inspiration: the way they work in the direction of deconstruction of rock, electronic music and acoustic drums has been always appreciated by us. But to be honest we arrived to
this fragmentation of rhythms through another way.
I think that when I left the acoustic percussion set and introduced the "console" (with our self recorded music and taking also
samples from other musicians) we had the chance to be more in the way of deconstruction to find our own rhythm patterns. The music started to be faster. The idea of building new
rhythms through the fragmentations of real drum patterns in relation with the "console" has been a development in our grammar (in Again you got it...).
In 2011 Mat and I got a lot of material recorded in the studio for Mercato Centrale, not just the different mixes of the tracks but single instrumental takes, so we decided to
play it only in 2 consolles and Mat's voice. Remixing it and reinventing it live. With this set up we rehearsed and played concerts. Some songs from Mercato Centrale's repertoire and at
the same time to work on new tracks. In Marchia Sodo (I Morsi series by Burp) you can get the first attempt on this approach. Just after that we submitted two new
compositions to Edoardo: Fucked Primadonna, after an idea by Mat, and Domani Piove from me. We went on tour just after rehearsing with Edoardo, in trio, with material from MC, a couple
of JP's old songs and the new compositions. Just after that we went to the studio in Nipozzano to record All Yours. So All Yours represents another evolution in the work of JP. We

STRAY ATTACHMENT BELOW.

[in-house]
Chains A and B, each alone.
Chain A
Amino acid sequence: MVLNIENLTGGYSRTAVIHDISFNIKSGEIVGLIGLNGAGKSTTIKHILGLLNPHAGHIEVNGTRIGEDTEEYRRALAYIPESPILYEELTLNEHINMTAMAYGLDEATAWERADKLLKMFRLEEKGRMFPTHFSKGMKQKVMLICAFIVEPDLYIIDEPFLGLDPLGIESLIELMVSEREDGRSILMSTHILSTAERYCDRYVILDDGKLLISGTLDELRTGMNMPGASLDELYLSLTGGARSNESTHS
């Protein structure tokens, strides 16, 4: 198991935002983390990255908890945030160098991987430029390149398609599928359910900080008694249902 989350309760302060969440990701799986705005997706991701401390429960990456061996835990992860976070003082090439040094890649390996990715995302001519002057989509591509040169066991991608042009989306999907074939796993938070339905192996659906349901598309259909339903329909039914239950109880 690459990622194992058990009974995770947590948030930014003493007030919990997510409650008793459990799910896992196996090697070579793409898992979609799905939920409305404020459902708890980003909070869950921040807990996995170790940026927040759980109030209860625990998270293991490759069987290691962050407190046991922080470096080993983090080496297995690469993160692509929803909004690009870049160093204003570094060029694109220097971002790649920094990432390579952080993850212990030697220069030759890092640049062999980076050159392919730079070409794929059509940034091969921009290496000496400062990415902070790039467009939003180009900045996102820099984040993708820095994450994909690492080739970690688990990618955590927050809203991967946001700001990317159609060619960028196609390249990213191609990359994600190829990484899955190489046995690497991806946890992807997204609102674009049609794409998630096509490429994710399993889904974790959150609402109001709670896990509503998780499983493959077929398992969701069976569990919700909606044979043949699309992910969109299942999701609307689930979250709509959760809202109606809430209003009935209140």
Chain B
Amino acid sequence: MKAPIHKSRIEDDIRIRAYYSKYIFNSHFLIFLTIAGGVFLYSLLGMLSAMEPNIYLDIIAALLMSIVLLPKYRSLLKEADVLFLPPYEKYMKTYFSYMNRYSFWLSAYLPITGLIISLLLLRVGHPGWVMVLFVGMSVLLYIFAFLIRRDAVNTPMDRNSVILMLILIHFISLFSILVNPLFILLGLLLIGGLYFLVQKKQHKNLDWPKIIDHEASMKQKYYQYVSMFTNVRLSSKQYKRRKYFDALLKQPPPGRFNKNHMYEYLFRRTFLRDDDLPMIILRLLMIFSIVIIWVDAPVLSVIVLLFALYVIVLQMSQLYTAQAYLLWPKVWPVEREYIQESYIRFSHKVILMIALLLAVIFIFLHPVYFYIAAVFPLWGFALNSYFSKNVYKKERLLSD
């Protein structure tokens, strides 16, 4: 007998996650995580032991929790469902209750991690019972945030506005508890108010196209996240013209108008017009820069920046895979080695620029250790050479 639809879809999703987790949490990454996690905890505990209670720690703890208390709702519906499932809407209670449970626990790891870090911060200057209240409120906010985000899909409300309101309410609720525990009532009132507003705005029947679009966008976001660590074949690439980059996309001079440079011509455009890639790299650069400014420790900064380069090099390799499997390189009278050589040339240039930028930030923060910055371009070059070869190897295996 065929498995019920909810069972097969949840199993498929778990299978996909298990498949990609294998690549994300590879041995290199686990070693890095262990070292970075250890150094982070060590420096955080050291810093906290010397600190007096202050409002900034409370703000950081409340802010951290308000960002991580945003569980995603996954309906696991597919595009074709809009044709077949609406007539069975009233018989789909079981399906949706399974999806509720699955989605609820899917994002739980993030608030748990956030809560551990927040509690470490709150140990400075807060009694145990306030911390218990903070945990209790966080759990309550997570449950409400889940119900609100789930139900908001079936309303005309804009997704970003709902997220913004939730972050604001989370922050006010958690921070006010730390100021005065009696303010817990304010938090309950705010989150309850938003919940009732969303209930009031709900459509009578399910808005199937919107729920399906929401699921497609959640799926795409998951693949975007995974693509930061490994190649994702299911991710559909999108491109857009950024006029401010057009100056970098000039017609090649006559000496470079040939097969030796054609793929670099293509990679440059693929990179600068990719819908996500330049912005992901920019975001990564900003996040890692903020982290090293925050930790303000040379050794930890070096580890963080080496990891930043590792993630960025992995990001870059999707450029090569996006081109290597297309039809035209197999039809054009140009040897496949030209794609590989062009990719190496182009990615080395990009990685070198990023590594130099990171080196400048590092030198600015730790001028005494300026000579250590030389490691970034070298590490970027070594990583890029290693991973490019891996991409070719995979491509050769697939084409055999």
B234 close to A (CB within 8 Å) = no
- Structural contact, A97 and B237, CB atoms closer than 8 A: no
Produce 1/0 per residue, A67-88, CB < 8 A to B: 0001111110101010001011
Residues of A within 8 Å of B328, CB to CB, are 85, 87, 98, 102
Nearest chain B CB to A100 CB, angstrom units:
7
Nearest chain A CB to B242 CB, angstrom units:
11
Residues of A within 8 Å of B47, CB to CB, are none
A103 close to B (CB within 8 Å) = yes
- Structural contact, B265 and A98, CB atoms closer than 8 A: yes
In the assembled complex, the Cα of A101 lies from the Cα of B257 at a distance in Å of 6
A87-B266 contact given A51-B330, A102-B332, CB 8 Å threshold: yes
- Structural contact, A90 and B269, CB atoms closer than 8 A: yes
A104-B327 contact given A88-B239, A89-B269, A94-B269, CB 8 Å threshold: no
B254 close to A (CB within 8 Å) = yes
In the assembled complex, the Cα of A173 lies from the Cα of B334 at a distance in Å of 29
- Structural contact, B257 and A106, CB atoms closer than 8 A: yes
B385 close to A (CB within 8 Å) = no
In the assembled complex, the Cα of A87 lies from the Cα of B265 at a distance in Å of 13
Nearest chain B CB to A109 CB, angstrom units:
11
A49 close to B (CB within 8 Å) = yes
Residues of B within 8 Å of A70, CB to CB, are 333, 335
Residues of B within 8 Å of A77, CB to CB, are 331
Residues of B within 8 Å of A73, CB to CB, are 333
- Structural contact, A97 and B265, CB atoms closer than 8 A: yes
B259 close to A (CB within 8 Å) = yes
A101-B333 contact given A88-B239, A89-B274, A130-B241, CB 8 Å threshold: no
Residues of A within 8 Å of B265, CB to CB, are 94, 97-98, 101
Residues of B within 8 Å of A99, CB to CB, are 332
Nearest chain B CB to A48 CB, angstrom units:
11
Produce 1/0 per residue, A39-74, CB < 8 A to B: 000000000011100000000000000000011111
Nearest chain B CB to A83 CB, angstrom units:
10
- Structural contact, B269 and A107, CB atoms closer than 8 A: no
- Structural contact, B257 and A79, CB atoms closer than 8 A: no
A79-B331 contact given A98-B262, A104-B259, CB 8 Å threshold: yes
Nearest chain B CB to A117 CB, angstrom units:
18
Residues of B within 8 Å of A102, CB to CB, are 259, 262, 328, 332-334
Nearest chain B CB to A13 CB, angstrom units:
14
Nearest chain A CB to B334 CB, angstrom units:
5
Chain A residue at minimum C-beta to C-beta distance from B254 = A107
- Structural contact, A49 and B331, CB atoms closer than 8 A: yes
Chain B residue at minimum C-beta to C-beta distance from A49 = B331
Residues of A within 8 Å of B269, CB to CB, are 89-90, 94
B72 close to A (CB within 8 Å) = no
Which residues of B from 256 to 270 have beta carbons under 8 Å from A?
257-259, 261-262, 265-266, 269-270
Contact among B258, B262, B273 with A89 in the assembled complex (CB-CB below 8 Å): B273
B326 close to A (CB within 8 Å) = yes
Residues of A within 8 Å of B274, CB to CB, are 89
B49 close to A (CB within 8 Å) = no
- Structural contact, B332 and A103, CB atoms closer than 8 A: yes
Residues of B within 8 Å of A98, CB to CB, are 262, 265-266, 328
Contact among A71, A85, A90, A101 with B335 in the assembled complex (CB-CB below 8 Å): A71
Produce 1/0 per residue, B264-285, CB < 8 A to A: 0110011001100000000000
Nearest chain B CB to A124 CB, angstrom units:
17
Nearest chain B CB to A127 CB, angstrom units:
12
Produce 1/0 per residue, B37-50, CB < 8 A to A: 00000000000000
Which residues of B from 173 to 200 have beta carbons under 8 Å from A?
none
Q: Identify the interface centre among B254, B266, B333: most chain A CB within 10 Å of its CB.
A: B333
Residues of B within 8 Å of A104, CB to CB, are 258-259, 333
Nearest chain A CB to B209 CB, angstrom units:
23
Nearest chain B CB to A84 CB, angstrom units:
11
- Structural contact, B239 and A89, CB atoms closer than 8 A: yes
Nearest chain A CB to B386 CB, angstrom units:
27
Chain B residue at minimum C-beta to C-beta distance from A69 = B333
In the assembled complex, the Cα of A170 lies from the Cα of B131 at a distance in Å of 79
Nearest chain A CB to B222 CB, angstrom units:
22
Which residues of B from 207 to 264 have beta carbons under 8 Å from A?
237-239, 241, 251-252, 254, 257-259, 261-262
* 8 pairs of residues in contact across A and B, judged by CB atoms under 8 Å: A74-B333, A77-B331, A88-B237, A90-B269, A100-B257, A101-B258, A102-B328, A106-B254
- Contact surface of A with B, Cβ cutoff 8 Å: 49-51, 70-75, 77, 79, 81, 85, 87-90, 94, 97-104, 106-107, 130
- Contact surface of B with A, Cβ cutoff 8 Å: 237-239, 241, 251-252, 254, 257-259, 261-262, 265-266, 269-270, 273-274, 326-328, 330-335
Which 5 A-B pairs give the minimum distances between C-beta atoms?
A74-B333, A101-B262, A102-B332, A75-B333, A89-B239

expect reactions and stimulations from the listeners but really we don't pilot them... it's one of the steps that JP now shows, in the trio personel.
I like a lot the unexpected tensions between weird pop and the experimental approach you're working on this album.
And no matter how in some parts I don't know what to think, or how to react - Is not easy music for sure - precisely
this uncertainty and instability is what I love. In domani piove,
your romantic way of singing... completely outsider... reminds me tons of milliseconds of mainstream pop reggae music
(in just one second). Mat, tell us more about the roots you have worked on for this album
POGO: Man, it reminds you of mainstream reggae shit because it's me whitey italian punk in his
forties singing it, trying to be Yabby You. Wildman Fisher,
Mick Farren and John Lydon are my main vocal inspirations.
WJM: It's kind of embarrassing seeing it this way. And probably, this image of an unsolved attempt of expression, portraits our music in the better
possible way. And our stuff is a lot about having problems to say anything and trying to find your own fucked up voice. I hope this fragility keeps some charm in the process.
RICCI: Catchy Avant-Garde and compelling Pop Music is the perfect musical diet for a progressive and forward thinking dictatorship.
The "full sound" in your music - even contained in small excerpts of sonic fractions - reminds me of an
abstract electroacoustic dj on a danceable trip. You are the proof - at least for me - that the experimental and the